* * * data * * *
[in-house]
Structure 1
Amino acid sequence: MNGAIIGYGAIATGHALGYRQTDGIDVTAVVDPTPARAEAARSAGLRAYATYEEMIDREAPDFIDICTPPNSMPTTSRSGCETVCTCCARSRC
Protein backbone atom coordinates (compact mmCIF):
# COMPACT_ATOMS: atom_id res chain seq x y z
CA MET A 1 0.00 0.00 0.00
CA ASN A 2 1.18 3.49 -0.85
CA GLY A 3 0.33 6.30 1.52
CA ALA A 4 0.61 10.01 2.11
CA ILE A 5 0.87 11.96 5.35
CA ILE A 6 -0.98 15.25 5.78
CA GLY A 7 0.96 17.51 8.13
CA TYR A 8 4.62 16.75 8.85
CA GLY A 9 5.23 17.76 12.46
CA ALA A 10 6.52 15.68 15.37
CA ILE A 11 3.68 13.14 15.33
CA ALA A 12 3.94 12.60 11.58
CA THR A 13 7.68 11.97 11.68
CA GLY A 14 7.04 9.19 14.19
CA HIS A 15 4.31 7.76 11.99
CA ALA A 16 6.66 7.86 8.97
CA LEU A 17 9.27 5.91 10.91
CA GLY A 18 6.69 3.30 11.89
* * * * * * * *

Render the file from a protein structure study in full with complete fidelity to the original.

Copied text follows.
[in-house]
Structure 1
Amino acid sequence: MNGAIIGYGAIATGHALGYRQTDGIDVTAVVDPTPARAEAARSAGLRAYATYEEMIDREAPDFIDICTPPNSMPTTSRSGCETVCTCCARSRC
Protein backbone atom coordinates (compact mmCIF):
# COMPACT_ATOMS: atom_id res chain seq x y z
CA MET A 1 0.00 0.00 0.00
CA ASN A 2 1.18 3.49 -0.85
CA GLY A 3 0.33 6.30 1.52
CA ALA A 4 0.61 10.01 2.11
CA ILE A 5 0.87 11.96 5.35
CA ILE A 6 -0.98 15.25 5.78
CA GLY A 7 0.96 17.51 8.13
CA TYR A 8 4.62 16.75 8.85
CA GLY A 9 5.23 17.76 12.46
CA ALA A 10 6.52 15.68 15.37
CA ILE A 11 3.68 13.14 15.33
CA ALA A 12 3.94 12.60 11.58
CA THR A 13 7.68 11.97 11.68
CA GLY A 14 7.04 9.19 14.19
CA HIS A 15 4.31 7.76 11.99
CA ALA A 16 6.66 7.86 8.97
CA LEU A 17 9.27 5.91 10.91
CA GLY A 18 6.69 3.30 11.89